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  5. This is one I must track down! thanks for the review.

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  6. Library has only one copy with two on order, and 49 holds. This library system is so weird, orders lots of dvd's, not too many books unless they are by a blockbuster U.S. author.

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    1. That's obviously what brings in the most patrons to that particular branch, and I've noticed that a lot of people won't pick up a book unless it's a blockbuster. *sigh*

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  7. Well, the way this library system works is that few books are available at branches, a few shelves of popular books and then 3-4 bookcases of dvd's and 4 bookcases of fiction.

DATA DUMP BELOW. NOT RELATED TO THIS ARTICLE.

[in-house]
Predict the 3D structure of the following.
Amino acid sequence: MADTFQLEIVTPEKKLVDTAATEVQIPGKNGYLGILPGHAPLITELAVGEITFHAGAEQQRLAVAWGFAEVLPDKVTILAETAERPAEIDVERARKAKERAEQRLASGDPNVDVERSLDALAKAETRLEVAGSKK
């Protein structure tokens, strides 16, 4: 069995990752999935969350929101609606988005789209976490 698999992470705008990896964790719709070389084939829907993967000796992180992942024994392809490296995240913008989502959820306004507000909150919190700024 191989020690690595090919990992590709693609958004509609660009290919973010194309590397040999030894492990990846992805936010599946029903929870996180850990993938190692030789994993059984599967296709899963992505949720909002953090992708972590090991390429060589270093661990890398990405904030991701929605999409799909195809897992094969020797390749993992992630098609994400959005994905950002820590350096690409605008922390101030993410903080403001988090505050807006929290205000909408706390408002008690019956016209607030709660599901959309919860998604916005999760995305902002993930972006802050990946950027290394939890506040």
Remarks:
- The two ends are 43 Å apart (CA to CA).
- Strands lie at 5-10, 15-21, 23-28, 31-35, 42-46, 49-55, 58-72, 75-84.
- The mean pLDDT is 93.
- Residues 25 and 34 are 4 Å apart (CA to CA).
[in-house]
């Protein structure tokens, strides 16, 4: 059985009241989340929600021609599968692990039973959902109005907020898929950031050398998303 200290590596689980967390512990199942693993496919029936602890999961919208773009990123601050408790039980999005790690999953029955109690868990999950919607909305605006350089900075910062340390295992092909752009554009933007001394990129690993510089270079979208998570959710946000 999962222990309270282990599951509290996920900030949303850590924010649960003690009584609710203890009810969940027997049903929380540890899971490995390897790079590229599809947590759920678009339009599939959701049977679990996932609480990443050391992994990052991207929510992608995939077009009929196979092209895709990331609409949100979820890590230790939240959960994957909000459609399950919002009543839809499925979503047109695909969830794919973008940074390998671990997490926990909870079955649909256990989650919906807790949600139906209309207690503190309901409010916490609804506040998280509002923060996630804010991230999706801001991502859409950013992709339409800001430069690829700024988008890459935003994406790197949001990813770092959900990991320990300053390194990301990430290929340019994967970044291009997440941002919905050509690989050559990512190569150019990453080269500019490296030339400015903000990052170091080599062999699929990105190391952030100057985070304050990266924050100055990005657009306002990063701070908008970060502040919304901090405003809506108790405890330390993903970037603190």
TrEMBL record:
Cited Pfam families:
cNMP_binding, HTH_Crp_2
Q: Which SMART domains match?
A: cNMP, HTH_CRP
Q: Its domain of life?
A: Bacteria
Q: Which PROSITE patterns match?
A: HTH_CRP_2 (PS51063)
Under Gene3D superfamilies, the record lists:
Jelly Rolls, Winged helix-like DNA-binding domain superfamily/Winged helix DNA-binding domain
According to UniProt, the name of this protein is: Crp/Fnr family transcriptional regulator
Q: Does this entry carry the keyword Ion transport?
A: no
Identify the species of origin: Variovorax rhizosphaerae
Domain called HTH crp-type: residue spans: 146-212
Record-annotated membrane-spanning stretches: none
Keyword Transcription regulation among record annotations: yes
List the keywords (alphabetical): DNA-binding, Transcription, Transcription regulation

A few years ago slews of books were taken out of the branches and put in storage or thrown out. A branch in the east 30s had five bookcases of mysteries. I was in heaven when I went there. But then the library administration whittled down that branch's mysteries to one bookshelf.

    One copy is kept in the main library, which is not very accessible, and it does not circulate. So, it doesn't work for me.

    So, the only way to get circulating books is to reserve them online within the system's website.

    But the buyers for the library system buy popular authors' books, mostly U.S., and a few books from abroad -- the most popularly read in the U.S.

    I keep asking for books to be ordered, 2 copies, just for them to circulate.

    But they order hundreds of dvd's, more than books.

    Even with this new book about Trump, "Fire and Fury," there are 49 copies in the system, and yesterday, 1540 holds.

    I'm still waiting for the system to have many non-U.S. books.